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Tuesday, 19 November, 2002, 05:49 GMT
India bus blast kills many
Maoist rebels in Bihar
Police have blamed the attack on Maoist rebels
Police in the southern Indian state of Andhra Pradesh say at least 14 people have been killed by suspected leftist guerrillas who set off a landmine under a bus.

Forty people were on the bus and many of the survivors are said to be critically injured.

The attack took place in a village in Warangal district, some 200 kilometres (124 miles) north of the state capital Hyderabad.

A local police official, Gautam Swanga, blamed the blast on the Maoist guerrillas of the Naxalite People's War Group, which has been fighting a campaign in five southern states.

The Press Trust of India news agency said it appeared that the rebels detonated the device by remote control.

Deputy Swanga said that after the bus was destroyed, the attackers opened fire on the burning wreckage, apparently thinking it was a police transport.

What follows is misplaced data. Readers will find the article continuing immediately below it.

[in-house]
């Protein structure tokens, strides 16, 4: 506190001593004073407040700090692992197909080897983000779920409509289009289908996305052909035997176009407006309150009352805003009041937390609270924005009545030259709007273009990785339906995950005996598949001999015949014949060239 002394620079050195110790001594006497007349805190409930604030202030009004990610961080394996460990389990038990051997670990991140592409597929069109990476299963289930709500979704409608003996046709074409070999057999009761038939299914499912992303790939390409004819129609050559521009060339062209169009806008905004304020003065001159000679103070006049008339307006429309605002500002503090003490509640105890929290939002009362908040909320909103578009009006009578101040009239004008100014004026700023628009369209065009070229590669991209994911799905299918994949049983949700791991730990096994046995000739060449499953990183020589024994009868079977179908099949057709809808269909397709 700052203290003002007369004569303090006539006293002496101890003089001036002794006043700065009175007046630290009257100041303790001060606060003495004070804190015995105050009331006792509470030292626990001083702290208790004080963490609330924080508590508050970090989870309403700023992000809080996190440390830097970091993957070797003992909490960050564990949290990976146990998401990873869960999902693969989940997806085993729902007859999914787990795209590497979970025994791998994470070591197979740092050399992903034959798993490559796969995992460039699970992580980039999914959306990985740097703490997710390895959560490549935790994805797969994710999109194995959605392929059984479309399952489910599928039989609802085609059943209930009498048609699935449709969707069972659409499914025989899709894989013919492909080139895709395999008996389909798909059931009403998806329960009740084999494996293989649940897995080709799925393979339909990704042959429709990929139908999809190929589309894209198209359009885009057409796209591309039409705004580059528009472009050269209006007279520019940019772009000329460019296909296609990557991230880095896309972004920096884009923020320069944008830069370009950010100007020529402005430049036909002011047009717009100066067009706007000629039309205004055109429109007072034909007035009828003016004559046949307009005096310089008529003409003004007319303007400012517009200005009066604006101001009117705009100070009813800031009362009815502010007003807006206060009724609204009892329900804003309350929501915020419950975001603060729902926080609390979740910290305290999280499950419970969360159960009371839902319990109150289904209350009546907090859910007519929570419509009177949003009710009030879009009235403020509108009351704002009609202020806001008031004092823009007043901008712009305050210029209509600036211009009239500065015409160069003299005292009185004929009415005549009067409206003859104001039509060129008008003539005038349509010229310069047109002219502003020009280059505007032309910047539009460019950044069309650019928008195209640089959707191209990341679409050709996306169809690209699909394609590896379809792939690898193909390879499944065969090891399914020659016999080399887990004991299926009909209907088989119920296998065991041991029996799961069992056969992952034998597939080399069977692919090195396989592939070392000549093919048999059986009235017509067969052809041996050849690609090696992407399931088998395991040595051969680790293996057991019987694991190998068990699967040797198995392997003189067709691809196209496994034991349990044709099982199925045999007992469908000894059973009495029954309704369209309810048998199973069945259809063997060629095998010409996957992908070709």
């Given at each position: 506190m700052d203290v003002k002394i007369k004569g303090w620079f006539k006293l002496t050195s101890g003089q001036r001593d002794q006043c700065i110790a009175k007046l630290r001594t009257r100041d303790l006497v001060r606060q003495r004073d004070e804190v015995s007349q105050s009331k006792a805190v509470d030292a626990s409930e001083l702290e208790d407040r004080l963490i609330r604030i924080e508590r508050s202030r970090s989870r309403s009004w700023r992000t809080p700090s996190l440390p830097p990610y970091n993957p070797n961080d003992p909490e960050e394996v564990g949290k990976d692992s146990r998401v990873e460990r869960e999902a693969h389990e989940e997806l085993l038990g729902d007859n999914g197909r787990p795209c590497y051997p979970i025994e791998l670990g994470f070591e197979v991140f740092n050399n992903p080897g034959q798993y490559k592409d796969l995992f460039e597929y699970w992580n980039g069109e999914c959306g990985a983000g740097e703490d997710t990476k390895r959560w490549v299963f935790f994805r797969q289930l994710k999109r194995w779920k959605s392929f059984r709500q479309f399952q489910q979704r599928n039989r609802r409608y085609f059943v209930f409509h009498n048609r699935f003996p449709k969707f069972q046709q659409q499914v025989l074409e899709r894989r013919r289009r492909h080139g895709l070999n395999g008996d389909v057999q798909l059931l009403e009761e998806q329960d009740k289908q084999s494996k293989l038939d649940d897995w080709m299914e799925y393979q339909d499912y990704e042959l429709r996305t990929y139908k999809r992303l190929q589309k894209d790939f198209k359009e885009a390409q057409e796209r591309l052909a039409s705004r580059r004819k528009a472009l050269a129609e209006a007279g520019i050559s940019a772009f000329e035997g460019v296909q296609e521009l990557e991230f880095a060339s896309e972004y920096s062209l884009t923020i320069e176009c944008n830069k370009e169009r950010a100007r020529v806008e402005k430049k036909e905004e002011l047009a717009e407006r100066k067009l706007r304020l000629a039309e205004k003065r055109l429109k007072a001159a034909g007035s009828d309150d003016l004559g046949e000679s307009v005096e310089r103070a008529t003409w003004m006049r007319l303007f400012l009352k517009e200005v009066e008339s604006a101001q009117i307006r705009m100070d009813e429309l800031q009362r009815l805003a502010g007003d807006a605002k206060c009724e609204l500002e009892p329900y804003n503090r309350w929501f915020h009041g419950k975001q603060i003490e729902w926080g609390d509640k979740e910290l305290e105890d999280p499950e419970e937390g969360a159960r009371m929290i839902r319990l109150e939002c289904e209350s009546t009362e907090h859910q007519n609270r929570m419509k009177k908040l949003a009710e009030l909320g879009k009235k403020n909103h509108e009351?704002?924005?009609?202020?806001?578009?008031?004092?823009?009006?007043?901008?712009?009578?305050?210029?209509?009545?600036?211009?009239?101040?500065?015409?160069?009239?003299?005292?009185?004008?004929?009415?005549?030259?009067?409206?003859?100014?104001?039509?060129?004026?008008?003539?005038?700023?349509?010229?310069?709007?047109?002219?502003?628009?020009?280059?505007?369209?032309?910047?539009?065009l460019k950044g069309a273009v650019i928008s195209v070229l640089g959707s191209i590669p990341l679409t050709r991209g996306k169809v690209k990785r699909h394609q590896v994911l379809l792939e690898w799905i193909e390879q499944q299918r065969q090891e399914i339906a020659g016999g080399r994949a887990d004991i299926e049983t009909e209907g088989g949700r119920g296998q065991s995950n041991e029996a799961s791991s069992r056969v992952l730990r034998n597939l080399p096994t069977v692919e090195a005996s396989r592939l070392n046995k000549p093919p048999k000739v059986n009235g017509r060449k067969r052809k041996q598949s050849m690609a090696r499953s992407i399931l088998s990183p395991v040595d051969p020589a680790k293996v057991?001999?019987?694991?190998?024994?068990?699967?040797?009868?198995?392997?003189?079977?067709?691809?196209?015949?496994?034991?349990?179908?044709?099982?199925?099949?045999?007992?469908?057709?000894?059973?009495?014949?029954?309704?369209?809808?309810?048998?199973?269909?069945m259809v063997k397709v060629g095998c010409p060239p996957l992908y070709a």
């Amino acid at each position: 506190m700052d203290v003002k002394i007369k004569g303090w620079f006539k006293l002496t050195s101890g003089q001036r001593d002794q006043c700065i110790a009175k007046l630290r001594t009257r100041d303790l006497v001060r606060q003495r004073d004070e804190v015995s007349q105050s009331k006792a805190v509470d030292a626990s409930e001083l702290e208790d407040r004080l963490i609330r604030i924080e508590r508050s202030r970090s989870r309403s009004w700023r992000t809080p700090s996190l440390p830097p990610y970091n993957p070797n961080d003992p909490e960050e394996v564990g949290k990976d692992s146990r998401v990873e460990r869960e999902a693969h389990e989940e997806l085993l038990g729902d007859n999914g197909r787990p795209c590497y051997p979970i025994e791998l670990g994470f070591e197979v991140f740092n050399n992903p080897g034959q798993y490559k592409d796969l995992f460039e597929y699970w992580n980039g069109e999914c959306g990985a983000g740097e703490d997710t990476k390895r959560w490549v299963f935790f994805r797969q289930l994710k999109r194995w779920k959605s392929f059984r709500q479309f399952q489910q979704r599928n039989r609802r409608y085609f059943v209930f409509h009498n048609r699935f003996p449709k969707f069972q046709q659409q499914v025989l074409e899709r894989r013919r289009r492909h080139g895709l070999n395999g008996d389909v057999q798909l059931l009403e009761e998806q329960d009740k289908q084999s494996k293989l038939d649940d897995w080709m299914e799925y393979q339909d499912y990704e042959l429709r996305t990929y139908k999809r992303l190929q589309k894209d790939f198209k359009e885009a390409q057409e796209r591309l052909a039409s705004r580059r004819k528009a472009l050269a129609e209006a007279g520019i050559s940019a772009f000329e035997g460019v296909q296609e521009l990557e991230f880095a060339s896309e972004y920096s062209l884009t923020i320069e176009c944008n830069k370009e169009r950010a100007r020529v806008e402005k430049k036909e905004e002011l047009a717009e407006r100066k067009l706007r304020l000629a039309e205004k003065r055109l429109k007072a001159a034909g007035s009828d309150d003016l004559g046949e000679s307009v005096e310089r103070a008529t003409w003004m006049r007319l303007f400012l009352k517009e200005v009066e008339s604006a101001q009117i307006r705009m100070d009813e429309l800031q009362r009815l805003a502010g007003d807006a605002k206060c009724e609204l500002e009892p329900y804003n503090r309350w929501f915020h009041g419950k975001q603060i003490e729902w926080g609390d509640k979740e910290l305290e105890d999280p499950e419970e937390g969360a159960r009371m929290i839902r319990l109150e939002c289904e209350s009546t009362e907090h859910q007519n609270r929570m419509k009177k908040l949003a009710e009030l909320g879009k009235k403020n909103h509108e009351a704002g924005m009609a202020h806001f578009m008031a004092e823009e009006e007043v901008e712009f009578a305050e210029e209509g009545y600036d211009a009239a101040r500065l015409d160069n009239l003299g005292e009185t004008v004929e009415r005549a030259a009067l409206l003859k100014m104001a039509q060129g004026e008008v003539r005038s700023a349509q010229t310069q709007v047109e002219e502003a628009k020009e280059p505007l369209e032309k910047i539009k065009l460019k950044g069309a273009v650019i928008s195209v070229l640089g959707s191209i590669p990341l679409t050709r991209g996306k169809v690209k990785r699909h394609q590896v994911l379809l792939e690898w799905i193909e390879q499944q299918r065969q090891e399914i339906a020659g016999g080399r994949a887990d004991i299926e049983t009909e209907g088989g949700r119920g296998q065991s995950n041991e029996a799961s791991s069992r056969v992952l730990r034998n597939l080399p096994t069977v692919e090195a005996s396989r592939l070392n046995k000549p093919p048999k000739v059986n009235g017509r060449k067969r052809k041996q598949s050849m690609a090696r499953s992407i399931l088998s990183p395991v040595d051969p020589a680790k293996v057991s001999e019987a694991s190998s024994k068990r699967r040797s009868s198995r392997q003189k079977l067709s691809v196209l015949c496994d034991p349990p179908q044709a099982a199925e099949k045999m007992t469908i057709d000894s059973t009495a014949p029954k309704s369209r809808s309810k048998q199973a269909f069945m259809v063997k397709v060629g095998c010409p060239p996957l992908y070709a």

He said no policemen were on the bus, adding that the attackers had committed a "ghastly mistake".

The death toll is expected to rise since the attack took place in an area where there were no medical facilities, the Associated Press news agency reported.

Forest hideout

The latest attack comes after police killed five rebels, including two women, in the area on Sunday and security forces were continuing to patrol the district.

The blast is reported to have take place in a forest where rebels have been hiding out with the support of local villagers.

But Deputy Swanga said the bus attack was likely to turn public opinion away from the rebels.

"They think they are secure in their forest, but they won't be any more," he said.

More than 6,000 people have been killed in fighting since the Naxalite People's War Group began its campaign against police, political officials and landowners more than 20 years ago.

See also:

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